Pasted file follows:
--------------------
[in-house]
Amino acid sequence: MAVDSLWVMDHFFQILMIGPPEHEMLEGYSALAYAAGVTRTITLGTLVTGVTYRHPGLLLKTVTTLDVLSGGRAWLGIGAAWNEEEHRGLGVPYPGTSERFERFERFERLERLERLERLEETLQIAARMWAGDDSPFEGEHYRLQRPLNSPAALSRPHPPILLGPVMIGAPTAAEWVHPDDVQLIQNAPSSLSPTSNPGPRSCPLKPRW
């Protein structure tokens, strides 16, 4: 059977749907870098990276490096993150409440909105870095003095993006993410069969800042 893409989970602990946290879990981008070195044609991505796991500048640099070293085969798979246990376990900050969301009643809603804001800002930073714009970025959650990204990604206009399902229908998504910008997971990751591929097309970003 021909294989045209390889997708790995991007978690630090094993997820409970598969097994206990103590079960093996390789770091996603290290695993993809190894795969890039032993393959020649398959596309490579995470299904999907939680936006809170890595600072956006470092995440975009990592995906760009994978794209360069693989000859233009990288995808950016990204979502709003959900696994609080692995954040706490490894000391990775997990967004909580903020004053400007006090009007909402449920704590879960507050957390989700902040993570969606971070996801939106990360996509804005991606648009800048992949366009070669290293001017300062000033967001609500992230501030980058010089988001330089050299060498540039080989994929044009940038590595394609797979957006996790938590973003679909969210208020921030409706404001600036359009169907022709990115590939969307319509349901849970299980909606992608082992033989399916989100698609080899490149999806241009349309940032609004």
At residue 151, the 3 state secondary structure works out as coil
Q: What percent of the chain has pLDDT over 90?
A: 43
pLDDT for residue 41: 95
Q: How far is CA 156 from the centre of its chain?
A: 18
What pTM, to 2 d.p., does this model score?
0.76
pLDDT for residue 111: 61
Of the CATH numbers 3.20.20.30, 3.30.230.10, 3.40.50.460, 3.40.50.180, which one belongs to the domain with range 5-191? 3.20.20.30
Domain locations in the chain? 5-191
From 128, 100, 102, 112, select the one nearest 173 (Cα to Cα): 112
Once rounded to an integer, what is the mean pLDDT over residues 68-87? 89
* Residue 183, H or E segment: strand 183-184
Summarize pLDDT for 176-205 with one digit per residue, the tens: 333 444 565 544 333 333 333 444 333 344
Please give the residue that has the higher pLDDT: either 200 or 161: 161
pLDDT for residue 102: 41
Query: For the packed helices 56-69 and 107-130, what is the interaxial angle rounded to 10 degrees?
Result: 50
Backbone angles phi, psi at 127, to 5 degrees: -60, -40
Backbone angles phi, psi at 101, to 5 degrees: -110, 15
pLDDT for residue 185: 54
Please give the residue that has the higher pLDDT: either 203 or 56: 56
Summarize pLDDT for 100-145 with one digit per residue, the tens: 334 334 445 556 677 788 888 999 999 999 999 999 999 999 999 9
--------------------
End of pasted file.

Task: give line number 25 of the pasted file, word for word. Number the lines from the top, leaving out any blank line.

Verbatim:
pLDDT for residue 185: 54